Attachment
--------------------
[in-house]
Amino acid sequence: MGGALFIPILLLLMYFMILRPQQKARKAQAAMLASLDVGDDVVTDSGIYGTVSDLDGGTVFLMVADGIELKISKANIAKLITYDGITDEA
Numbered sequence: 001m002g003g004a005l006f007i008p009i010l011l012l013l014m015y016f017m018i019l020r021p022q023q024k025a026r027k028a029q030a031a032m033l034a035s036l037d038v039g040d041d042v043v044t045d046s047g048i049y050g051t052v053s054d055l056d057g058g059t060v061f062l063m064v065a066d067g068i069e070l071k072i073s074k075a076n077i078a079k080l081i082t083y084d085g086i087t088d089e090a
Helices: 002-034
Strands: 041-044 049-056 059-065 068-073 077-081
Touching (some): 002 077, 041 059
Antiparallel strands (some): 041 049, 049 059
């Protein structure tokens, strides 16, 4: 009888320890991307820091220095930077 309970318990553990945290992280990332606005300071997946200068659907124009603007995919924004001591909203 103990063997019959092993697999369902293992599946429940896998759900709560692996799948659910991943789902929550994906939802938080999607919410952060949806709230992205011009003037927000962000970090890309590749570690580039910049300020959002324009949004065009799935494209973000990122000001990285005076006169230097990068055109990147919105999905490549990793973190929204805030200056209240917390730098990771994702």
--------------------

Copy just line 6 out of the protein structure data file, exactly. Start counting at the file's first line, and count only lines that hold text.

Touching (some): 002 077, 041 059